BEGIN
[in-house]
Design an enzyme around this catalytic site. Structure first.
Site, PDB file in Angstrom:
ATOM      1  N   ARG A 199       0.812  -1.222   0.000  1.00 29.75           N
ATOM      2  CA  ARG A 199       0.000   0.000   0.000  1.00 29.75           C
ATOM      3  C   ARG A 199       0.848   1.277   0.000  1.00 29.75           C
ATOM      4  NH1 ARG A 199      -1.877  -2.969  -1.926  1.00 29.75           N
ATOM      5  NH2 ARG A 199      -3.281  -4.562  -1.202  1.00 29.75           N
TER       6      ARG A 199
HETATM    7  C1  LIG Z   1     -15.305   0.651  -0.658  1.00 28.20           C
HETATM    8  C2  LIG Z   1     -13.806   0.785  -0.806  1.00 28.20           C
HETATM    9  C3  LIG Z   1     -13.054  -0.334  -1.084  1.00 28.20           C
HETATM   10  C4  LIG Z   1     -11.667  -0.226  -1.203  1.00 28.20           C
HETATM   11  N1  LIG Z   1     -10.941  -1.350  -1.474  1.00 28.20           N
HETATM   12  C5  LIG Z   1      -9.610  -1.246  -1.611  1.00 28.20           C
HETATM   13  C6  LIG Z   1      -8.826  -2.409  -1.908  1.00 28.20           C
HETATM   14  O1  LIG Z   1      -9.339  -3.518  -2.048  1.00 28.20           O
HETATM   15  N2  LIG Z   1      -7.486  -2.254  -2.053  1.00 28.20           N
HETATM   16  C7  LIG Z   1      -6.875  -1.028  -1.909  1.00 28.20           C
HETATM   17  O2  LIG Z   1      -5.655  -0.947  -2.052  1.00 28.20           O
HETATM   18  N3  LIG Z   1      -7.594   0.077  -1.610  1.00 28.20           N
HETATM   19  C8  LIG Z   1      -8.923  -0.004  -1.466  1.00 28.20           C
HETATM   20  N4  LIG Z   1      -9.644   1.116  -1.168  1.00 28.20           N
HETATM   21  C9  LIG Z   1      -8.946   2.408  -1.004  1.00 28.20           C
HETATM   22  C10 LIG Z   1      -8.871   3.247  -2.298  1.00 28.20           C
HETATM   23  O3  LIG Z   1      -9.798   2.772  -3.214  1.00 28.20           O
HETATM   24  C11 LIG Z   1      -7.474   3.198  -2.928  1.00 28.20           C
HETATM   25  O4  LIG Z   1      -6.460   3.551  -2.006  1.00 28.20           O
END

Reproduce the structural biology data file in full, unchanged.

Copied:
[in-house]
Design an enzyme around this catalytic site. Structure first.
Site, PDB file in Angstrom:
ATOM      1  N   ARG A 199       0.812  -1.222   0.000  1.00 29.75           N
ATOM      2  CA  ARG A 199       0.000   0.000   0.000  1.00 29.75           C
ATOM      3  C   ARG A 199       0.848   1.277   0.000  1.00 29.75           C
ATOM      4  NH1 ARG A 199      -1.877  -2.969  -1.926  1.00 29.75           N
ATOM      5  NH2 ARG A 199      -3.281  -4.562  -1.202  1.00 29.75           N
TER       6      ARG A 199
HETATM    7  C1  LIG Z   1     -15.305   0.651  -0.658  1.00 28.20           C
HETATM    8  C2  LIG Z   1     -13.806   0.785  -0.806  1.00 28.20           C
HETATM    9  C3  LIG Z   1     -13.054  -0.334  -1.084  1.00 28.20           C
HETATM   10  C4  LIG Z   1     -11.667  -0.226  -1.203  1.00 28.20           C
HETATM   11  N1  LIG Z   1     -10.941  -1.350  -1.474  1.00 28.20           N
HETATM   12  C5  LIG Z   1      -9.610  -1.246  -1.611  1.00 28.20           C
HETATM   13  C6  LIG Z   1      -8.826  -2.409  -1.908  1.00 28.20           C
HETATM   14  O1  LIG Z   1      -9.339  -3.518  -2.048  1.00 28.20           O
HETATM   15  N2  LIG Z   1      -7.486  -2.254  -2.053  1.00 28.20           N
HETATM   16  C7  LIG Z   1      -6.875  -1.028  -1.909  1.00 28.20           C
HETATM   17  O2  LIG Z   1      -5.655  -0.947  -2.052  1.00 28.20           O
HETATM   18  N3  LIG Z   1      -7.594   0.077  -1.610  1.00 28.20           N
HETATM   19  C8  LIG Z   1      -8.923  -0.004  -1.466  1.00 28.20           C
HETATM   20  N4  LIG Z   1      -9.644   1.116  -1.168  1.00 28.20           N
HETATM   21  C9  LIG Z   1      -8.946   2.408  -1.004  1.00 28.20           C
HETATM   22  C10 LIG Z   1      -8.871   3.247  -2.298  1.00 28.20           C
HETATM   23  O3  LIG Z   1      -9.798   2.772  -3.214  1.00 28.20           O
HETATM   24  C11 LIG Z   1      -7.474   3.198  -2.928  1.00 28.20           C
HETATM   25  O4  LIG Z   1      -6.460   3.551  -2.006  1.00 28.20           O